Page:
It is also pertinent to bring to light here that that the Hon’ble Bench of the Apex Court of India, comprising Hon’ble Justices K.S Radhakrishnan and A.K. Sikri, in the case of National Legal Services Authority (NALSA) v. Union of India, recognized the transgender community to be the third gender in India. However, this gender albeit, has also not been considered in this definition for rape under the Indian Penal Code which seems to be strict including only women into its ambit.
Further, by virtue of the very exalted Navtej Singh Johar case, India was one of the front-runners in the world to decriminalize same sex relationships. Given this background, it is inevitable to include men into the sphere of being ‘rape victims’ as the situation is highly conducive of the same. Rape is an arbitrary and an appalling violation of one’s body and there is absolutely no reason as to why it is viewed with condemn when done to a woman and ignored when the same happens to a man.
In an era, where we talk so much about equality and wherein Article 14 of the Constitution, that envisages equality, is being interpreted so as to promote inclusivity in the society, by the Apex Court, the existence of such provisions is highly deplorable as violative of the very purpose, essence, letter and spirit of equality which is an integral part of the basic structure of our Constitution. Classification is not per se, prohibited our Constitution if it is reasonable and seeks to achieve a legitimate objective. The capricious classification here, wherein rape to one gender is a crime, whereas to the other is not, is the very definition of discrimination and inequality in our laws.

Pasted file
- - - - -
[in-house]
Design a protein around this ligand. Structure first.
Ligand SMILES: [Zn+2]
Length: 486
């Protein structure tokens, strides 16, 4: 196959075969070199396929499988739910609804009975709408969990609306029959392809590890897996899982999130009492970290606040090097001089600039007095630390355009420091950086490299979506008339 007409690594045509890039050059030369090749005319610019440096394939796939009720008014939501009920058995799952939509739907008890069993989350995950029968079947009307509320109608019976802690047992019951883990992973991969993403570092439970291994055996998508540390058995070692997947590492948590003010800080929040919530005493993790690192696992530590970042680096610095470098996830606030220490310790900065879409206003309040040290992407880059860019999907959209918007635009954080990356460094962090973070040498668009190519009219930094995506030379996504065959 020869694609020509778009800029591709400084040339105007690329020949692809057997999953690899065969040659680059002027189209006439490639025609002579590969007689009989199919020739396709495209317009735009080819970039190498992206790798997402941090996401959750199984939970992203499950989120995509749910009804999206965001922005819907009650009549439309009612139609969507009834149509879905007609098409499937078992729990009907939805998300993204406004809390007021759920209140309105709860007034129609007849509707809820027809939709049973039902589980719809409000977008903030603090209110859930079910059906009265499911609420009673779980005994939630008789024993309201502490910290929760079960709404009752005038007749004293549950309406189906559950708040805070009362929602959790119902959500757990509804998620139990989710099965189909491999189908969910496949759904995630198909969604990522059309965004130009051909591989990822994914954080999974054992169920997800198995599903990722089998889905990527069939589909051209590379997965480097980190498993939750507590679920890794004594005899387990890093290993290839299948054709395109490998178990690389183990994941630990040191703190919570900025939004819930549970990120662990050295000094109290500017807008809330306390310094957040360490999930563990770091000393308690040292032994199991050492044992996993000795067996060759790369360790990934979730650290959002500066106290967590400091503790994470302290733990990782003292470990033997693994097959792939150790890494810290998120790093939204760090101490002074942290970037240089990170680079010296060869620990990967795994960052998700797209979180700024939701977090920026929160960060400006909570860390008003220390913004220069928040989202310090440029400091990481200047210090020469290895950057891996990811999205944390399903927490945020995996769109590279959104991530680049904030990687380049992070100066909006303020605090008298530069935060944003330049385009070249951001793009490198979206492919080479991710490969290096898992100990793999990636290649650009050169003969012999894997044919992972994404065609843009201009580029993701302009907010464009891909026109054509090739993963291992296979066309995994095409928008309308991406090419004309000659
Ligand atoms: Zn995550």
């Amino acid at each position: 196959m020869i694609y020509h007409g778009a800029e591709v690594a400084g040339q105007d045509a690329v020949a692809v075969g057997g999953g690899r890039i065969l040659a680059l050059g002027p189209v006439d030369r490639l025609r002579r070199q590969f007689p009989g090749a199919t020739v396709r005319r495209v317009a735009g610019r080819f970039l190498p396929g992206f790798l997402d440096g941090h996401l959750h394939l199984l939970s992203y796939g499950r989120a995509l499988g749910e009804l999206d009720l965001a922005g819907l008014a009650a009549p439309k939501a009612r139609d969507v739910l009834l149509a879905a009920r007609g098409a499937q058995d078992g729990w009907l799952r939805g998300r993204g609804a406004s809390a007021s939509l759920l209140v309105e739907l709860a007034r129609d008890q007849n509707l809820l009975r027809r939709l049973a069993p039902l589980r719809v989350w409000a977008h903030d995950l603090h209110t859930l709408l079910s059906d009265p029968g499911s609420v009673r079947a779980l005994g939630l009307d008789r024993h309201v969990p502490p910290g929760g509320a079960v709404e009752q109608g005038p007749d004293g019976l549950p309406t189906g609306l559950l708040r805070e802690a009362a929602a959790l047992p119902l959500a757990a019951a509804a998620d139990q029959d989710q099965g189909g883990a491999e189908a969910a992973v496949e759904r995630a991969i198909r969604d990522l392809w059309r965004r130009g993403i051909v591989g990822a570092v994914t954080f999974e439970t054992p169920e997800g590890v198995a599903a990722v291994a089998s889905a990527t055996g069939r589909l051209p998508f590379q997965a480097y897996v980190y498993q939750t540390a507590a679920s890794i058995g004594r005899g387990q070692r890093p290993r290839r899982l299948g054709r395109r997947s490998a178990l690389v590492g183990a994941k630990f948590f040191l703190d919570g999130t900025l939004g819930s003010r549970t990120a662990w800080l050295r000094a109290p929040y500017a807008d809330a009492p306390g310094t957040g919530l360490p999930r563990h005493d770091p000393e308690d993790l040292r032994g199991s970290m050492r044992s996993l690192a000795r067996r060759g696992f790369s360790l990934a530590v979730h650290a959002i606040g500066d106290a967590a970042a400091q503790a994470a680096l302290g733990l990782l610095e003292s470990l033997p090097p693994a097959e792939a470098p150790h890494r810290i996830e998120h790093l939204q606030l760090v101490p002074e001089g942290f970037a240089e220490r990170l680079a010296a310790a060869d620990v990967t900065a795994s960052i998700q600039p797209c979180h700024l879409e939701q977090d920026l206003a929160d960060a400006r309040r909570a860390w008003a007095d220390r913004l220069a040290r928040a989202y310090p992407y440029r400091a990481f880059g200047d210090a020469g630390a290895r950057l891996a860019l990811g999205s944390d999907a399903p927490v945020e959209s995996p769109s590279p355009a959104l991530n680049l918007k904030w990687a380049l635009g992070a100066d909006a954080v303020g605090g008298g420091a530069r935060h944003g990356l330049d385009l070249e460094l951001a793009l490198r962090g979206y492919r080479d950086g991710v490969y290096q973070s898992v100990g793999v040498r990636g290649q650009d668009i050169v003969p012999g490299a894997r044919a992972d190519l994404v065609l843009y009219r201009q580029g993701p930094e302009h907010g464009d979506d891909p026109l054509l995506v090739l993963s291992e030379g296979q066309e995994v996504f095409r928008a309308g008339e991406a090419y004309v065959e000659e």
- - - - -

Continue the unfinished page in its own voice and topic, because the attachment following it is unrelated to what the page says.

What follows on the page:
The next anticipated question in your mind can be that the Protection of Children from Sexual Offences Act, 2012 (POCSO) is not gender-specific but it is gender-neutral and includes even males into its ambit and punishes the perpetrators of such offences. But it pivotal to understand that POCSO, 2012 deals only with ‘children’ and men as such, above the age of 18 years do not have a legal framework to protect them from the same offences.
This is again, another portrayal of arbitrariness wherein boys until the age of 18 are protected and suddenly, once they turn 18, the legal system falters and fails to protect them from the very same offence. 18 or above 18, man or woman, rape is always rape and there can be no exclusivity in its gamut, and it is expected to be inclusive of all categories possible.
Sexual Assaults and Harassment
Sexual Harassment for centuries together was unrecognized as a punishable offence in India. However, in 2013 amendment of the criminal laws, this situation also came to light and laws were altered accordingly as to recognize and chastise the same. Sections 354 (outraging the modesty of a woman), 354A (unwelcome sexual advances to a woman), 354C (voyeurism), 354D (stalking) and Section 509 (insulting the modesty of a woman) are a few examples of provisions in the Indian Penal Code that have been inserted with a sheer objective of protecting women from sexual harassment committed by men against women.
Yet another interesting legislation that has to be examined here is the Sexual Harassment of Women at Workplace (Prevention, Prohibition and Redressal) Act, 2013 that was brought into force following the landmark verdict and guidelines issued in the case of Vishaka and Ors versus State of Rajasthan.